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Fall semester, winter break, spring semester, summer break – repeat.
It’s a comforting and predictable pattern that takes most of us through our formative years. There’s an 8:00 a.m. bell, class, lunch, some more class, and then we are dismissed for the day.
At the time, I felt a bit trapped by the daily and seasonal cadence of school. I couldn’t wait to get into the work world where I would finally have at least some choice about when I would work hard and when I would take a break.
Then, after a year out of school, I realized I was struggling with time management. With no one telling me when to take a break, I would overwork on weekends and be tired during the week. In my eagerness to prove myself, I would take on too many assignments and struggle to meet deadlines. I had to admit it: Those forced boundaries of the school year, so stifling at the time, provided a good lesson in discipline and efficiency.
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The change from being a student to an employee and eventually an employer took some time to figure out. And despite all the great things I had learned at school, I found I needed a few other hard lessons from the “real world” that formal education had somehow overlooked before I found my footing at work.
With school starting this past month for everyone from kindergartners to grad students, the coronavirus has made it difficult to know what to expect. The familiar patterns of the school day and even the school year feel shaky or temporary, or have disappeared altogether.
A Los Angeles Unified School District student attends an online class at the Boys & Girls Club of Hollywood on Wednesday, Aug. 26, 2020. The facility is open for children whose parents must leave home to work. There is no charge. Snacks and lunch are provided. (Photo: Jae C. Hong, AP)
Many parents of younger students find themselves conducting at least some level of homeschooling. Middle school and high school students are either attending classes in weird, socially distanced classrooms or just doing 100% of their learning virtually over Zoom. Even college students are having to quarantine in their dorms, missing out on the typical college experience that normally helps a kid turn into an adult.
It’s certainly a tough time to be a student.
But this strange time, amid a global pandemic, also presents some opportunities for lessons that a regular school year cannot convey. It’s hard to find silver linings in a crisis, but for the future doctors, lawyers, techies and entrepreneurs who make their way through school during this crisis, there are some valuable lessons to be learned that will one day serve them well.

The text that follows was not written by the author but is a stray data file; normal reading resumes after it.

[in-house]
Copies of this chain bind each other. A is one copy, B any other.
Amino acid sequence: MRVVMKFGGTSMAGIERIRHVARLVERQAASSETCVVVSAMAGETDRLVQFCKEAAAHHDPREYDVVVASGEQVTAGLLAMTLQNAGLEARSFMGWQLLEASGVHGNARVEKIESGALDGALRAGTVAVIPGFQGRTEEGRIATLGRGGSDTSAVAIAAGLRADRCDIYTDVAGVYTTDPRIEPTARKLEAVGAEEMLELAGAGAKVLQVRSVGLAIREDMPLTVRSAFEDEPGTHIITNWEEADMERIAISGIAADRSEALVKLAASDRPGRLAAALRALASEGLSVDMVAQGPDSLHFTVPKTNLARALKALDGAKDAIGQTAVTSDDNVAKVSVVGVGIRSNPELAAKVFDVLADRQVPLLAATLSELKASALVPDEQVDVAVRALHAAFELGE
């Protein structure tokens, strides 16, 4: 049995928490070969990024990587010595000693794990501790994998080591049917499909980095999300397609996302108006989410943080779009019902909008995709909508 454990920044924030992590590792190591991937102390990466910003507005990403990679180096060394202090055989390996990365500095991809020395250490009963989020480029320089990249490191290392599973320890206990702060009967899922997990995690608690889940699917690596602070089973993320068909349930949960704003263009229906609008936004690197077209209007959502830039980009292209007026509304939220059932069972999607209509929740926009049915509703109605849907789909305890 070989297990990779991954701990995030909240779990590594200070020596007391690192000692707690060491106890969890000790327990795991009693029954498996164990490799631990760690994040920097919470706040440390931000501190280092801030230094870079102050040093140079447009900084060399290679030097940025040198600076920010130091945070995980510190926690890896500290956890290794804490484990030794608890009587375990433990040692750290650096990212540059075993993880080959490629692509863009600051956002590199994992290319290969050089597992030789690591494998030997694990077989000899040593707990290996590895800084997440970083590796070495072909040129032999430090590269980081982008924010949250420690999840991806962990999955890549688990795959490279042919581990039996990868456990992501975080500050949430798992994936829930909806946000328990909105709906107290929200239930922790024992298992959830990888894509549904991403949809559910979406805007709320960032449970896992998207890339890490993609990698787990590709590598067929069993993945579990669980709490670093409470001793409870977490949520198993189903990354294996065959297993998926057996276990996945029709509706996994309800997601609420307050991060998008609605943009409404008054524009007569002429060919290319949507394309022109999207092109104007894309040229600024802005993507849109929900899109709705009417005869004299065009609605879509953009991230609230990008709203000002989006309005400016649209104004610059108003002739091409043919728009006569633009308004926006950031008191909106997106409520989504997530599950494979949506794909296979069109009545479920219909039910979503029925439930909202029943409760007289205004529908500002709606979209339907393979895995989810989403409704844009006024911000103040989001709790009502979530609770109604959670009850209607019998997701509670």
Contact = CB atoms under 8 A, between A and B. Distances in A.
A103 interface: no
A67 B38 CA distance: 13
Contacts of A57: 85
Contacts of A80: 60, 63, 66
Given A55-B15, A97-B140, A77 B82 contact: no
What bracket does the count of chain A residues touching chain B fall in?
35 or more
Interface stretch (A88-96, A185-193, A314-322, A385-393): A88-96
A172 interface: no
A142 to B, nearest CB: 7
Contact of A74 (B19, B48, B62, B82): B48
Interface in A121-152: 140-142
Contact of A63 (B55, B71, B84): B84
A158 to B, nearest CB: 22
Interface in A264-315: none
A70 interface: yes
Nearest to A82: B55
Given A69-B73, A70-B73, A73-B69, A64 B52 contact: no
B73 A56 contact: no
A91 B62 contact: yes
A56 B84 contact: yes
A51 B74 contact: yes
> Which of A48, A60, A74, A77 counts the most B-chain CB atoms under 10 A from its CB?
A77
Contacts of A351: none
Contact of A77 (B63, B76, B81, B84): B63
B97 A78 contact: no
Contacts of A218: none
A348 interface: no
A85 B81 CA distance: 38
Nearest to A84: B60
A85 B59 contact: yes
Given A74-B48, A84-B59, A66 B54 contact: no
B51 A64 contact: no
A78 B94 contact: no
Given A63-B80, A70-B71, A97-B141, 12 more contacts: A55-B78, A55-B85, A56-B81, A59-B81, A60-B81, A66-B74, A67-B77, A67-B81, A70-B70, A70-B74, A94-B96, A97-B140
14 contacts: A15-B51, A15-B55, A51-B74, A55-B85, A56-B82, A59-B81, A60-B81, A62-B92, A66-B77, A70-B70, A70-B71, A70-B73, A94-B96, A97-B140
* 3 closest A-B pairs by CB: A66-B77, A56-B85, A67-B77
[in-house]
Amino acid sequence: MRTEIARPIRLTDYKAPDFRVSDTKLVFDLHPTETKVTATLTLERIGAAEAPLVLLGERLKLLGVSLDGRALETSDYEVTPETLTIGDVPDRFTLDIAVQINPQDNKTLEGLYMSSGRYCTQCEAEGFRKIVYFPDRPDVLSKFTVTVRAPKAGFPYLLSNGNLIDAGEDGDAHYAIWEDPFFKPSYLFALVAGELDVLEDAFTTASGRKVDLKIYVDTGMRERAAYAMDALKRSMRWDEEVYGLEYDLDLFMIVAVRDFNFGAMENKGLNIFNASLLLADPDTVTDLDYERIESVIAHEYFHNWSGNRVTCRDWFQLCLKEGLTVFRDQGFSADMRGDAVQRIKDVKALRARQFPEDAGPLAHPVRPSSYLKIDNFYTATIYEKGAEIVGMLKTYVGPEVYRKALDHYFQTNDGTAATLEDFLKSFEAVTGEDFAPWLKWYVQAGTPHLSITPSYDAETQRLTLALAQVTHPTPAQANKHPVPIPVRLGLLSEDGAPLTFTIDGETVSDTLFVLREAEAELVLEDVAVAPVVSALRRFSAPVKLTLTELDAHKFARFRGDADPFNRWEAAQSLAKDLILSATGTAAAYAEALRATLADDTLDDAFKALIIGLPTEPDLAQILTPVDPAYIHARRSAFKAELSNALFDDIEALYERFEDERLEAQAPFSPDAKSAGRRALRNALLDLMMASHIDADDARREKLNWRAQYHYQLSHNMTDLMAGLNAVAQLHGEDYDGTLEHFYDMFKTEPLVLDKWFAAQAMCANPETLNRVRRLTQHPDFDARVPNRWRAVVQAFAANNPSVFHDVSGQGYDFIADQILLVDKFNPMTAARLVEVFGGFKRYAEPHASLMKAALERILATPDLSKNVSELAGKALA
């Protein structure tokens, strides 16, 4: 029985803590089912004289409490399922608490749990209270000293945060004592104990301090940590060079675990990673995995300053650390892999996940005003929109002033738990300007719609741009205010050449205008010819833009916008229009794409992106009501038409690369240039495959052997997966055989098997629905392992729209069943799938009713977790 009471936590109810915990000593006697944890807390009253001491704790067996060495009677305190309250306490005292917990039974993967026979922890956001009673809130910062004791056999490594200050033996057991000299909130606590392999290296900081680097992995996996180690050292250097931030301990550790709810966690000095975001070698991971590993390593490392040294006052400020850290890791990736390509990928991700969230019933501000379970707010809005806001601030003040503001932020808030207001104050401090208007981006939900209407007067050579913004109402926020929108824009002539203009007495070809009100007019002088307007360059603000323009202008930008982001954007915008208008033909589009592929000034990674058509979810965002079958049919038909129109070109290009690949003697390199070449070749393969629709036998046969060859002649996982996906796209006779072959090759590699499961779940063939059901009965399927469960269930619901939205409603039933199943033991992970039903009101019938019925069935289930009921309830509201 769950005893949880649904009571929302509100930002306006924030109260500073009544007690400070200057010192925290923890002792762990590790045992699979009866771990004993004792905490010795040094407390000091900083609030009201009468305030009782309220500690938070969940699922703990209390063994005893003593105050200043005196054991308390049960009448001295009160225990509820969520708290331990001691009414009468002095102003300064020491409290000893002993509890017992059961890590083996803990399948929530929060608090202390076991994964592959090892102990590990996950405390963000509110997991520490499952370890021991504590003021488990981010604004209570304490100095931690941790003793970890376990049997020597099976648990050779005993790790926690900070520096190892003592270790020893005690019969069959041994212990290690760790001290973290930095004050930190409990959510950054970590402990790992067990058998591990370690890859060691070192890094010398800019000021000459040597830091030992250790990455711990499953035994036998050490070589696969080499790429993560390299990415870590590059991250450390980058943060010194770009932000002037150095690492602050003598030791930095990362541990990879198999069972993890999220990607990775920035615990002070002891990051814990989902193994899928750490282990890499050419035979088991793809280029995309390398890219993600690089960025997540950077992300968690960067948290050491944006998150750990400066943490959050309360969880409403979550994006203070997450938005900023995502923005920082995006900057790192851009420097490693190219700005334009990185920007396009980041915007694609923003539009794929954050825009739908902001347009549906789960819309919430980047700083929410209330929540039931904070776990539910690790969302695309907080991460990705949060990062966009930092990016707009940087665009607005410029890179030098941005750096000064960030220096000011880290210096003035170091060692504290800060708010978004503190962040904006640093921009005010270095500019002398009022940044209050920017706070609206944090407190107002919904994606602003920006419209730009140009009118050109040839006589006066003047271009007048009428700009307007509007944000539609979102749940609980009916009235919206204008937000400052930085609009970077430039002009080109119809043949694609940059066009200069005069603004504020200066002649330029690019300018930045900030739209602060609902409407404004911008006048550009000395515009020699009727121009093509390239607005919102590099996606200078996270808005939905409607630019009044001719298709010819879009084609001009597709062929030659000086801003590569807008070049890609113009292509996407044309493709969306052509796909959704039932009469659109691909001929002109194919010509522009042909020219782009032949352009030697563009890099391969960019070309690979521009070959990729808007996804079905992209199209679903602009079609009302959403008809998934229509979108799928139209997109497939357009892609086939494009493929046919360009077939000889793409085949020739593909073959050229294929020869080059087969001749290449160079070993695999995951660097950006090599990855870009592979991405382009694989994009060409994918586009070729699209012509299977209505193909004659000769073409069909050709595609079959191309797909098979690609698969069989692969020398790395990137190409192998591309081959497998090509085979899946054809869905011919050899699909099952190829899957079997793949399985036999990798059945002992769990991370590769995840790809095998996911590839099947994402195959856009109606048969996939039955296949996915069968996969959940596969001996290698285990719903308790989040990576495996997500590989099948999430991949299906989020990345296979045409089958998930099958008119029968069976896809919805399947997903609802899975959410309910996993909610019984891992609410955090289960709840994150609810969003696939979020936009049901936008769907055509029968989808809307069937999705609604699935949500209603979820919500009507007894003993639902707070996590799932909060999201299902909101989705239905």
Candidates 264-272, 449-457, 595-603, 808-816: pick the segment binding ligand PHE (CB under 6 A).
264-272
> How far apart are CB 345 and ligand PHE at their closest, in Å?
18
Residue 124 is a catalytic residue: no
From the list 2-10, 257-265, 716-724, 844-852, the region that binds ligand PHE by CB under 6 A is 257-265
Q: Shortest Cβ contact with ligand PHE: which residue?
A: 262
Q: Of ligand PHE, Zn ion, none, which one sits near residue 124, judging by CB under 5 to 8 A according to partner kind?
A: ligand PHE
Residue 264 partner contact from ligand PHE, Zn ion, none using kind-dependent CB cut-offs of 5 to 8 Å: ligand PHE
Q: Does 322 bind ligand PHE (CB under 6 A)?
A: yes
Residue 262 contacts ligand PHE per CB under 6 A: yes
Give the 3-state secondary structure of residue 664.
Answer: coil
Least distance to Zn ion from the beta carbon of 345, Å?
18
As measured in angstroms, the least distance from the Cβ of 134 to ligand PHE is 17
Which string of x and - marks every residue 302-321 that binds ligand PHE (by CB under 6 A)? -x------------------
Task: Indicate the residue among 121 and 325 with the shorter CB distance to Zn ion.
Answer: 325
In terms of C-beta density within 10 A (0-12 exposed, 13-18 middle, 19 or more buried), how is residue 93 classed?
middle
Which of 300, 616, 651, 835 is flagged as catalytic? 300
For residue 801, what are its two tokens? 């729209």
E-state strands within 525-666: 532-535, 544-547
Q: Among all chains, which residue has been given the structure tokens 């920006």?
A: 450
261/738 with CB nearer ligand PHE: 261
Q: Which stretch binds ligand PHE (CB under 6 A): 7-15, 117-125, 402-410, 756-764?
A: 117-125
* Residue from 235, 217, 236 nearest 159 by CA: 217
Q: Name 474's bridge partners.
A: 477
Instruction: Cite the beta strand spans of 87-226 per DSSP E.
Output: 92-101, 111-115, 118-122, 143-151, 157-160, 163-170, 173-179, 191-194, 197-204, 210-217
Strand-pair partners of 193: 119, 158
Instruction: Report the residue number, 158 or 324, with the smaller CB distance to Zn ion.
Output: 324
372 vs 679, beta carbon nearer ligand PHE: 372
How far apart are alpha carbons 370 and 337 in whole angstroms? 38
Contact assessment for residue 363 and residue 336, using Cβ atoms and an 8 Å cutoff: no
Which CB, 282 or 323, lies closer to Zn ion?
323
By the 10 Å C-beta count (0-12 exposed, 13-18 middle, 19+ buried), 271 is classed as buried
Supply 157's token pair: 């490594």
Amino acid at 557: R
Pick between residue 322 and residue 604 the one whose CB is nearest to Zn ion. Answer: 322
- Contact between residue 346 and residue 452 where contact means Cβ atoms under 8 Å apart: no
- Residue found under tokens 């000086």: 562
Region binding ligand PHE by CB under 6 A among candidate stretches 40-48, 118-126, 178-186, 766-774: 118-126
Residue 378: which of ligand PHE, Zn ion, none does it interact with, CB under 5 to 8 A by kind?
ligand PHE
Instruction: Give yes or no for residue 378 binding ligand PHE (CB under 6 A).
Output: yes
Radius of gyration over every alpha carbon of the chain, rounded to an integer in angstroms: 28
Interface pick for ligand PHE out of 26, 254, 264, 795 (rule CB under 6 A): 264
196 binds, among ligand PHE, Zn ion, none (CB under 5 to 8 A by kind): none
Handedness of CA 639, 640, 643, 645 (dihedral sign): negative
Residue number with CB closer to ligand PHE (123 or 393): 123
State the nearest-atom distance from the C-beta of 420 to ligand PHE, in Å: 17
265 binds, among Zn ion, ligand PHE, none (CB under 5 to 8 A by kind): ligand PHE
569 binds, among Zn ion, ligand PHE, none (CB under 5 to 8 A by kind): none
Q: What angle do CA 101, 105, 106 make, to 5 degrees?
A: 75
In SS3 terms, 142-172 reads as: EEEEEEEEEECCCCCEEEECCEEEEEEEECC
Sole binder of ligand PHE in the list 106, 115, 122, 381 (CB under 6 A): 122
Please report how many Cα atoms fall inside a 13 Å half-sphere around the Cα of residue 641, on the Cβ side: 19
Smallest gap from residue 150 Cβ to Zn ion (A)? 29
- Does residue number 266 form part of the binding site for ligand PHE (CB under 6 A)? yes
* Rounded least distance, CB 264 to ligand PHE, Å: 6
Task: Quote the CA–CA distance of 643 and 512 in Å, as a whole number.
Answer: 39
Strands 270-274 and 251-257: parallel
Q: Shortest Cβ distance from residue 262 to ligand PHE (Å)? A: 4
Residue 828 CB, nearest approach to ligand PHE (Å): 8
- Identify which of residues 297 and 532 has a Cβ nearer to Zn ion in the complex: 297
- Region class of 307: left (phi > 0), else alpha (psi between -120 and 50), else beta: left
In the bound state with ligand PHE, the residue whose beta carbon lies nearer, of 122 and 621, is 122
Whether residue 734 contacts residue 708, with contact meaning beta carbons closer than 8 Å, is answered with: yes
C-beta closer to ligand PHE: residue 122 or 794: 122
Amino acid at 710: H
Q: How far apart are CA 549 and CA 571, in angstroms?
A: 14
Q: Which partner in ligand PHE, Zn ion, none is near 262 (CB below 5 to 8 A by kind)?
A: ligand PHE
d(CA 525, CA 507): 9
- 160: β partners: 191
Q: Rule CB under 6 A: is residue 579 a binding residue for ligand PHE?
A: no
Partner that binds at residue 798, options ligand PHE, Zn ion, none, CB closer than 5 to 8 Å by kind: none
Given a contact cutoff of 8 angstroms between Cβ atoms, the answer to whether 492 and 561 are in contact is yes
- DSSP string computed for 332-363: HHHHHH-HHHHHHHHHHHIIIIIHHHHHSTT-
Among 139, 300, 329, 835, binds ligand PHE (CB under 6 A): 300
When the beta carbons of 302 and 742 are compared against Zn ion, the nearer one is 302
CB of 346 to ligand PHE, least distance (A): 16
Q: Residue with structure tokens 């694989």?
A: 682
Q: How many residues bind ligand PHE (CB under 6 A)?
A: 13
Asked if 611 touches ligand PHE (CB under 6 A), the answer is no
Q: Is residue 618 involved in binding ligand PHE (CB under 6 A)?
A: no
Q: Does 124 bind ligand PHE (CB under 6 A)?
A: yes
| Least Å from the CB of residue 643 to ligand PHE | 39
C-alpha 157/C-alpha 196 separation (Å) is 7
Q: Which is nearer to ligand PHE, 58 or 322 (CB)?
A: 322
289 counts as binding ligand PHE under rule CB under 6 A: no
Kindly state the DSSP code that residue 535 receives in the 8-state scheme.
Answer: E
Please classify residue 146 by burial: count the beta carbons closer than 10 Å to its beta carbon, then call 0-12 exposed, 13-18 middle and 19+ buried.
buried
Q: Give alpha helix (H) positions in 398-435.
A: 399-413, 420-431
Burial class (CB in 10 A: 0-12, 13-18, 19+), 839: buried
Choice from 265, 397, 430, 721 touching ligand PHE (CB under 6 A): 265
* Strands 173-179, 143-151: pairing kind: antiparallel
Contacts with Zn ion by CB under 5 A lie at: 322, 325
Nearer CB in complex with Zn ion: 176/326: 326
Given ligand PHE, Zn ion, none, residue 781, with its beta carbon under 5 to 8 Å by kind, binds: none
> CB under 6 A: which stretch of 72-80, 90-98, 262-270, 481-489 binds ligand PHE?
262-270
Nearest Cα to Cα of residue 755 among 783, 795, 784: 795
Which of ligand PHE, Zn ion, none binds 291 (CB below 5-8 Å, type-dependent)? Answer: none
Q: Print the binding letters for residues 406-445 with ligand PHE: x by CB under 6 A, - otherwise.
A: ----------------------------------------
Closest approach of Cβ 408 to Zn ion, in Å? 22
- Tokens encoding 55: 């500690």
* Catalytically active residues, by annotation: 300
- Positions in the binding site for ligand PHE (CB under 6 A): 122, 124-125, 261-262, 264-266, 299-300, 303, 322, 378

For good or ill, one could argue that the uncertainty of the school experience today more closely resembles the less predictable work world in general. These pandemic school experiences and adaptations are giving students early exposure to some of the soft skills that they will need when they eventually enter a career.
Watching my own kids navigate this Pandemic 101 course that none of us expected, I can see them gaining experience in work skills like:
- Self-sufficiency. With less access to teachers and fewer group projects, they are finding ways to solve more problems on their own.
- Resilience. Not knowing when or even if school will return to normal mimics the nearly constant uncertainty faced every day by anyone who works in a startup or small business. Pushing through the ups and downs of uncertainty is a skill successful business people need to for survival.
- Working remotely. This is will likely be a long-term trend in the work world. Mastering the etiquette, technology and challenges of working from home will prepare students for the future work world.
We all certainly hope our kids are absorbing the traditional lessons, but perhaps we can find a way to be grateful that they’re all adding “real world” to the traditional reading, writing and arithmetic that are the mainstay of education.
JJ Rosen is the founder of Atiba, a Nashville, Tennessee, IT consulting and custom software development firm. Visit Atiba.com or AtibaNetworkServices.com for more info.
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